So, you can automate the ETL process by creating any number of pipelines for a particular Data Factory.
These are the actions that get performed on the data in a pipeline. It includes three activities – Data Movement (Copy), Data transformation & control flow activities.
But copying & transforming are the two core activities of Azure Data Factory. So here, copy data activity will get the CSV file from a Blob and loads it into the database, during which you can also convert the file formats.
And transformation is mainly done with the help of a capability called Data Flows, which allows developing data transformation logic without using code.
The datasets show what kind of data you are pulling from the data stores. So, it simply points to the data used in the activity as an input or output.
Linked Services helps to connect other resources with Data Factory, acting like connection strings.
When considering the above example, Linked Service will serve as a definition of connectivity to the Blob storage & performs authorization. Similarly, the target (SQL Database) will also have a separate Linked Service.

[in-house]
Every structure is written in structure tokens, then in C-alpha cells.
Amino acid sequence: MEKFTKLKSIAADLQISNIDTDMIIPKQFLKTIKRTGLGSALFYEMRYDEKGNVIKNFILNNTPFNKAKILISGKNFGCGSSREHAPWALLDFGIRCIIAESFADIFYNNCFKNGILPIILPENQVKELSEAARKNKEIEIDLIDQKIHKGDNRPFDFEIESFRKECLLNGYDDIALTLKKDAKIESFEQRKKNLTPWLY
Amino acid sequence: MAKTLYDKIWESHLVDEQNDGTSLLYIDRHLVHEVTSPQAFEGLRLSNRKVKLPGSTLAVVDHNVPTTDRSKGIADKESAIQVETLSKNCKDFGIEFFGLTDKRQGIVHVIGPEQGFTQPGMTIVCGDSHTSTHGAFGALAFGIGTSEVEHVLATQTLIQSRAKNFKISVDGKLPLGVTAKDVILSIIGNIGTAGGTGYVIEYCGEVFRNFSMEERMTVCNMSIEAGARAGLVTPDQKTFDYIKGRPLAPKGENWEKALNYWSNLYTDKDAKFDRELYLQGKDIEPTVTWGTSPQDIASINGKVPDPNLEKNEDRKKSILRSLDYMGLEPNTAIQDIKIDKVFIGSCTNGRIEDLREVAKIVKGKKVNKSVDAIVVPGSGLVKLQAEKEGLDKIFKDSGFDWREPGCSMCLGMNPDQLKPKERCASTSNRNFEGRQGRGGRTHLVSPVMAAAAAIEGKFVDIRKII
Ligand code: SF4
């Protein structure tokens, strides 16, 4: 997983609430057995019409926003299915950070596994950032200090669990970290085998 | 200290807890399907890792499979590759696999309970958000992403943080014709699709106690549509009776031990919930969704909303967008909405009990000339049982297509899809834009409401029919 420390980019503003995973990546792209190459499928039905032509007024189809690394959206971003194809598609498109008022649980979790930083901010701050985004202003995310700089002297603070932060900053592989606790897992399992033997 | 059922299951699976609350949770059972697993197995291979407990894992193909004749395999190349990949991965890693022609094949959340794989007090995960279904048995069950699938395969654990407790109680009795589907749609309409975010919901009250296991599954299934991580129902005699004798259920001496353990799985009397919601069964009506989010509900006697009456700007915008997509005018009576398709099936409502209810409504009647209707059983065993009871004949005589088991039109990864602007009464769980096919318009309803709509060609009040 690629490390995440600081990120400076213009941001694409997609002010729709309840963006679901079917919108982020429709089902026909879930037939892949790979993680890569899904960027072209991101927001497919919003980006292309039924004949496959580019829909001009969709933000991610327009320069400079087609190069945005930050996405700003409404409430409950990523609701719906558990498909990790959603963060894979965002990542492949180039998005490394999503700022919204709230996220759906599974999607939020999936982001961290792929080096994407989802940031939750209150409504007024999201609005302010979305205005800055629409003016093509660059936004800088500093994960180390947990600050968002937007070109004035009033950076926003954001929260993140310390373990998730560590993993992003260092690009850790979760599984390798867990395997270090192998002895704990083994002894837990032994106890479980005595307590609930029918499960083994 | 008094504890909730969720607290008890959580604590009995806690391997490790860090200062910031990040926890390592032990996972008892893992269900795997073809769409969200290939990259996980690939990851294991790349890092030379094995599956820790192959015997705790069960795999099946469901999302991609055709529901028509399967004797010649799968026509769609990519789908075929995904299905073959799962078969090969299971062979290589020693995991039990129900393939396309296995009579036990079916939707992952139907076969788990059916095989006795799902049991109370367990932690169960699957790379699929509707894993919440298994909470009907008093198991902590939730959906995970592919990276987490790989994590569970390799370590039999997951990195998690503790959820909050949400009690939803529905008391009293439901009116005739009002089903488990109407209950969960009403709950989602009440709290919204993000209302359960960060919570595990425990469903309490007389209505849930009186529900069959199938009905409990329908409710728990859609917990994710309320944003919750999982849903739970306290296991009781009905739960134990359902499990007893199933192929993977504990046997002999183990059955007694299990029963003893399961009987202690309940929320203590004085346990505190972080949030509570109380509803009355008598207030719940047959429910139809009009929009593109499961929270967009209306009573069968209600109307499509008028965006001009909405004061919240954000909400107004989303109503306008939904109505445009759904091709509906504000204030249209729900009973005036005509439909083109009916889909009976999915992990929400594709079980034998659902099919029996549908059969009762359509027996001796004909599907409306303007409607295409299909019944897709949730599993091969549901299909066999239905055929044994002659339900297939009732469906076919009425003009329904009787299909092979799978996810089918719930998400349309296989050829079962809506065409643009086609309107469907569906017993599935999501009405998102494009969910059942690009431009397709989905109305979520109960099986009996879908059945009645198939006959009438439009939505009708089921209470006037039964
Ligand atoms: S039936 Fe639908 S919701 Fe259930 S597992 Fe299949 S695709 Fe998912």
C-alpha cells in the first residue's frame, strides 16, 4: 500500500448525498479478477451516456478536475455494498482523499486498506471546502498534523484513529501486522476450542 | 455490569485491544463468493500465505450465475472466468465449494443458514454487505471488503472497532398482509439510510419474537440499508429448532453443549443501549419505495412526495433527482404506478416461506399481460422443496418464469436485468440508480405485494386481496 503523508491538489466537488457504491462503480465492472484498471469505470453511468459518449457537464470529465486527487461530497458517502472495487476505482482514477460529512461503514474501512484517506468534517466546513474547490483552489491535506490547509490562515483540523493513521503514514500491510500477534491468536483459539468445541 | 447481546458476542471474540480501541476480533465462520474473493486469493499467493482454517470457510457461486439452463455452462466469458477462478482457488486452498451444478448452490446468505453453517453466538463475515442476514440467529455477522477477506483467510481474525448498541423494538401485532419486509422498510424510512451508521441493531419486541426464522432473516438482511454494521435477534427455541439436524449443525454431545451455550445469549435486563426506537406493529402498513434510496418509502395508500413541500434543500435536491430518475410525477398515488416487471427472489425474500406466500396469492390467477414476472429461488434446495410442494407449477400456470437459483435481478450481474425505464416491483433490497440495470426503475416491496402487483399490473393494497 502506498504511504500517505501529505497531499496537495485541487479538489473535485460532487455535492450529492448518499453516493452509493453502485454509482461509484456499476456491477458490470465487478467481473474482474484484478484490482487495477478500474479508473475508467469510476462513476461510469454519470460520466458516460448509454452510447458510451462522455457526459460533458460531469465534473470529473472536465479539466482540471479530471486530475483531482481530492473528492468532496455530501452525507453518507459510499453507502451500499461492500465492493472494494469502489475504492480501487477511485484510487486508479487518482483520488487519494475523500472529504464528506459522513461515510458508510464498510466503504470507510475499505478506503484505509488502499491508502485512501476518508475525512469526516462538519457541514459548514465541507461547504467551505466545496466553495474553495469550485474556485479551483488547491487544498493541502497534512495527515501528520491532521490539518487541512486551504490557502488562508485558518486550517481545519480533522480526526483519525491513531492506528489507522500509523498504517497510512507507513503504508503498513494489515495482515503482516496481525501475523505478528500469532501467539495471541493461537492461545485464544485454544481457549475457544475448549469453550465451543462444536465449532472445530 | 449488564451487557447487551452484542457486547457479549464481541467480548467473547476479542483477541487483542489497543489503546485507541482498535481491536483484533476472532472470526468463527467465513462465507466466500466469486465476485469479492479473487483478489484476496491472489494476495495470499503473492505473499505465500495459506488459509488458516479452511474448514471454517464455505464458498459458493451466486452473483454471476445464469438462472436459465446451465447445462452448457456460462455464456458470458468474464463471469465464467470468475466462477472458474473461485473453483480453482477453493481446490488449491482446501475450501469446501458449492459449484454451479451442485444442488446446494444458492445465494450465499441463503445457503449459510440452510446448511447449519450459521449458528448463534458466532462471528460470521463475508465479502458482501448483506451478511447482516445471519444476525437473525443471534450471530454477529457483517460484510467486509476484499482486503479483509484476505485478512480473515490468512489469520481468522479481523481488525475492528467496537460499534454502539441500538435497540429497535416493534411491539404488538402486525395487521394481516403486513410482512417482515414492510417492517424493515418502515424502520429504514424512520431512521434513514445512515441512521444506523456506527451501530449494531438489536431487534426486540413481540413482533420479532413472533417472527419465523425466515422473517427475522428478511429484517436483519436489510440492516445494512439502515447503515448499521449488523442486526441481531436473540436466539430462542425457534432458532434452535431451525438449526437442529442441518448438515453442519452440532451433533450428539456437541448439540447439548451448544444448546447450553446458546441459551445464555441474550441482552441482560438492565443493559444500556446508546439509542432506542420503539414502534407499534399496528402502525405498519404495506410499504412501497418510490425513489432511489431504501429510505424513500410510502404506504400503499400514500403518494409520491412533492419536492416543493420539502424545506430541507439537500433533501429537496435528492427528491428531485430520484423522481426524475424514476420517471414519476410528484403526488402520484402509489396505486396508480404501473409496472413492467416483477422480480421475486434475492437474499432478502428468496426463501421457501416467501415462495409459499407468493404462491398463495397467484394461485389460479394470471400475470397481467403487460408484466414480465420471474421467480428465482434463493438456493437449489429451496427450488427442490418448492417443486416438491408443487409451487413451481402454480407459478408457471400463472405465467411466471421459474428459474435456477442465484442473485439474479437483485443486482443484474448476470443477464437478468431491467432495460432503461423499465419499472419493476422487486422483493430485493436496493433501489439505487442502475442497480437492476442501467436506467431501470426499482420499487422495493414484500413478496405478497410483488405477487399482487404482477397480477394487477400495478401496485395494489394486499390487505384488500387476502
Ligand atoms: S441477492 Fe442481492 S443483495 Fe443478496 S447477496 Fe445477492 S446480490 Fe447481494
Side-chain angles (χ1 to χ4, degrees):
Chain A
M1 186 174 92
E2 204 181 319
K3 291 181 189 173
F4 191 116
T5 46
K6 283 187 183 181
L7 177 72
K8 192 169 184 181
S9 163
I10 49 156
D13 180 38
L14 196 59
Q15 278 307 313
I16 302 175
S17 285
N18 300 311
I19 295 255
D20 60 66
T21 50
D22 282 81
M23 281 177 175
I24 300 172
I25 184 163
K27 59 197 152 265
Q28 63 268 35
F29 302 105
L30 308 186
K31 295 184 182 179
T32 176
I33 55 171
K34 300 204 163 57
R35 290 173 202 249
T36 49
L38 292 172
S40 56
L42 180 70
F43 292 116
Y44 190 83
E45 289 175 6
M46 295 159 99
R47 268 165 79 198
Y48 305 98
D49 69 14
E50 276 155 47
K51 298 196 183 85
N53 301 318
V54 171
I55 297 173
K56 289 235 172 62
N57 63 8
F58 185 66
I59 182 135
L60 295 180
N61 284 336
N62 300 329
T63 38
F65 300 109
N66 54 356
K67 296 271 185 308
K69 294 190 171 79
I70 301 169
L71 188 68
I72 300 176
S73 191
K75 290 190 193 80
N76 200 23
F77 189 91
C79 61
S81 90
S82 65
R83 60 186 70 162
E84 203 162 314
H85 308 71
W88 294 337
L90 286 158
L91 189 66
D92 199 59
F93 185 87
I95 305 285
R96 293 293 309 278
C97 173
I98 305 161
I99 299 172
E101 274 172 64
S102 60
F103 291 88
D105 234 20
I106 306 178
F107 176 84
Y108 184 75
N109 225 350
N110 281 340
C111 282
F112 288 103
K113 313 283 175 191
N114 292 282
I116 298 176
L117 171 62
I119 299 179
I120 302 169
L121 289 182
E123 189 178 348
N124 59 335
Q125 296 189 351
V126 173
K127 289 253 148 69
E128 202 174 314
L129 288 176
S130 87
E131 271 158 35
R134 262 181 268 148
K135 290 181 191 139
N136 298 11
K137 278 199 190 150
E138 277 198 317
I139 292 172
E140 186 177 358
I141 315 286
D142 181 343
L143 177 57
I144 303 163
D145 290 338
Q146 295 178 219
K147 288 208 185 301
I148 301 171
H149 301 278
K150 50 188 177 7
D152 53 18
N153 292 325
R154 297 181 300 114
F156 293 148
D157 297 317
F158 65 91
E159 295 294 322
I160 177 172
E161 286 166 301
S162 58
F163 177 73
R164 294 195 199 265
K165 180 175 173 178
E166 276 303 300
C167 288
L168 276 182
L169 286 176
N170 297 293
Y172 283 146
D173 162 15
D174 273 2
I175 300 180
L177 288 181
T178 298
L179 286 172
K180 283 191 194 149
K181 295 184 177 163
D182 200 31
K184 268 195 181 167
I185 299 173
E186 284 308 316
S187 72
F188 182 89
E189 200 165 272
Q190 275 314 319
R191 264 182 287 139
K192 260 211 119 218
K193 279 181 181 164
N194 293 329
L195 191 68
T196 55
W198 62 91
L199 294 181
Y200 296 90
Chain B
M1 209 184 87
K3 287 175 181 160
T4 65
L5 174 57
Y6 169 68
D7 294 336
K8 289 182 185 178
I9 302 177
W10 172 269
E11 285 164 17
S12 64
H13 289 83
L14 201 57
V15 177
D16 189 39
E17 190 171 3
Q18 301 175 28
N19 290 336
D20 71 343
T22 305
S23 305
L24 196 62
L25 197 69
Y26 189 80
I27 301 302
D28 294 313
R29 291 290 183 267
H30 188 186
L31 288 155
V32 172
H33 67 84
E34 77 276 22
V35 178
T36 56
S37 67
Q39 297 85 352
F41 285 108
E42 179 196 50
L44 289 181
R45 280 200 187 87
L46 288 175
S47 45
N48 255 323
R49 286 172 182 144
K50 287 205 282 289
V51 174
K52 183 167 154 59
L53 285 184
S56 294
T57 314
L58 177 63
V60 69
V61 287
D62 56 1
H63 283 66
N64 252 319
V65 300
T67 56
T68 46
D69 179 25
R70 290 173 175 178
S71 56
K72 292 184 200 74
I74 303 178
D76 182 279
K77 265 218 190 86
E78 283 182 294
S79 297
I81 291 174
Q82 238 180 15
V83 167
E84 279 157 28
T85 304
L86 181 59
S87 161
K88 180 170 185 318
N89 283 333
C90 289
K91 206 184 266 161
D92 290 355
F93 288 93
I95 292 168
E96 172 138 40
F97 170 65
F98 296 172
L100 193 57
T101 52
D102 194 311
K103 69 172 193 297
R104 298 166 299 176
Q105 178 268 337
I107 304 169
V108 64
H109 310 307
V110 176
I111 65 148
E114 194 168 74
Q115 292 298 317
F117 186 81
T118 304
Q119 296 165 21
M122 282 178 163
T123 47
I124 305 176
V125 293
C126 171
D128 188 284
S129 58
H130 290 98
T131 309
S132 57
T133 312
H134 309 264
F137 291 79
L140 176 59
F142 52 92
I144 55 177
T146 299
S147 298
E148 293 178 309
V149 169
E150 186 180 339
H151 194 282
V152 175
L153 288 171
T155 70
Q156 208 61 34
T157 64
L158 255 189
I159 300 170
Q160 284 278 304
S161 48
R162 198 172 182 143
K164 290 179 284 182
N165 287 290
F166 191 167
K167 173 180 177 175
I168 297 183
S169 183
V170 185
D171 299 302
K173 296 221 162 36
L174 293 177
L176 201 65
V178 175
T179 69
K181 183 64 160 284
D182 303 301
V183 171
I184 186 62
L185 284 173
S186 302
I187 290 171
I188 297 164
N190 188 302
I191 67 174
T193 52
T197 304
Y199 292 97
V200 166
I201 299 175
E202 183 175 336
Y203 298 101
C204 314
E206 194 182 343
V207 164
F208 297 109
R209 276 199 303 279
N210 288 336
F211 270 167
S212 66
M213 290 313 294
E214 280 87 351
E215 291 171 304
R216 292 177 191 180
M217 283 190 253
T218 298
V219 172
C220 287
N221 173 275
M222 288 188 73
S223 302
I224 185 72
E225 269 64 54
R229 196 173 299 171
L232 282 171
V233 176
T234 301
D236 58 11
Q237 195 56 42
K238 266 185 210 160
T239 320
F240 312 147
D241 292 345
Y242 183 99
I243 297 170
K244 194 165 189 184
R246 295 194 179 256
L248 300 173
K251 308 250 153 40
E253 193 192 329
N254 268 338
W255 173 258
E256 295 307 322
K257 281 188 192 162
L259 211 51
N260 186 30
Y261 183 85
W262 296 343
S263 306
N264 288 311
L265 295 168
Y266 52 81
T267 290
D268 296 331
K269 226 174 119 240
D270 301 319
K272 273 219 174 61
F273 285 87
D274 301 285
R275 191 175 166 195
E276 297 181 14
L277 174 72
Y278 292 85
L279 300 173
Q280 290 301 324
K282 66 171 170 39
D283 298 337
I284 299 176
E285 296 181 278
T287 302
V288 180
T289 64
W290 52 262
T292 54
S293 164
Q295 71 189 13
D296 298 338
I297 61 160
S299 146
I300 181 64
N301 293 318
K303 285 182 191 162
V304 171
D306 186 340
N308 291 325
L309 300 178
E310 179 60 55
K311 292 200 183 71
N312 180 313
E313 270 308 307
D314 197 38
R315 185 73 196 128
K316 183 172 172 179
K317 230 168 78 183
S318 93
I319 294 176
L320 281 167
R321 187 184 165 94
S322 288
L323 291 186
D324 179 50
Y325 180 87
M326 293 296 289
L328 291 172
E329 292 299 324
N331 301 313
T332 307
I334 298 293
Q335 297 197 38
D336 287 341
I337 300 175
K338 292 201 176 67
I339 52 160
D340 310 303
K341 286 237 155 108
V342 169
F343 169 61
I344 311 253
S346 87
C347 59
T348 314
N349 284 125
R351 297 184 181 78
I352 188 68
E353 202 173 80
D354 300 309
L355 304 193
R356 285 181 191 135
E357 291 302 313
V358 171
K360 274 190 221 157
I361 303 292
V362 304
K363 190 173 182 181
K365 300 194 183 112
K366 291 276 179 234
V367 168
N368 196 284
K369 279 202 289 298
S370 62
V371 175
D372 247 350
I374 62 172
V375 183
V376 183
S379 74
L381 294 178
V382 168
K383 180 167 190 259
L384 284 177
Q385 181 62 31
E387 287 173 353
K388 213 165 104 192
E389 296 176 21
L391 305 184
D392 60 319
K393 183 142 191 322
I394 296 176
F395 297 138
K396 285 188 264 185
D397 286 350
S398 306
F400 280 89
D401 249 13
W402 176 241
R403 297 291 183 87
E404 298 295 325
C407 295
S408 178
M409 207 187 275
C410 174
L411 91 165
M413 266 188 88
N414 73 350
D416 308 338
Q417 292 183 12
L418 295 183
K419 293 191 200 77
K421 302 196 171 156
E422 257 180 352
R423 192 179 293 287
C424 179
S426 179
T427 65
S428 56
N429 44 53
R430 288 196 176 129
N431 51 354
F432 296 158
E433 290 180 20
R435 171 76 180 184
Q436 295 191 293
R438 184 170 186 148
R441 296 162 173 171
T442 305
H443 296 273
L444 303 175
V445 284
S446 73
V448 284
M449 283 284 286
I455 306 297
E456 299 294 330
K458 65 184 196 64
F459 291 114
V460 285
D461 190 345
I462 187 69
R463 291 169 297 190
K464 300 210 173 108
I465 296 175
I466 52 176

Triggers are to execute your pipelines without any manual intervention (i.e.,) it determines when a pipeline should get completed.
There are three essential triggers in Data Factory,
- Schedule Trigger: A trigger that invokes a pipeline on a set schedule. You can specify both the date and time on which the trigger should initiate the pipeline run.
- Tumbling Window Trigger: A trigger that operates on a periodic interval.
- Event-based Trigger: This trigger executes whenever an event occurs. For instance, when a file is uploaded or deleted in Blob Storage, the trigger will respond to that event.
The triggers and pipelines will have a many-to-many relationship where multiple Triggers can kick off a single pipeline, or a single Trigger can also kick off various pipelines. But as an exception, Tumbling Window Triggers alone will have one-to-many relation with the pipelines.
Integration Runtime is the compute infrastructure used by the Data Factory to provide the following data integration capabilities (Data Flow, Data Movement, Activity dispatch, and SSIS package execution) across different networks.
It has three types:
- Azure integration runtime: This is preferred when you want to copy and transform data between data stores in the cloud.
- Self-hosted integration runtime: Utilize this when you want to execute using On-premises data stores.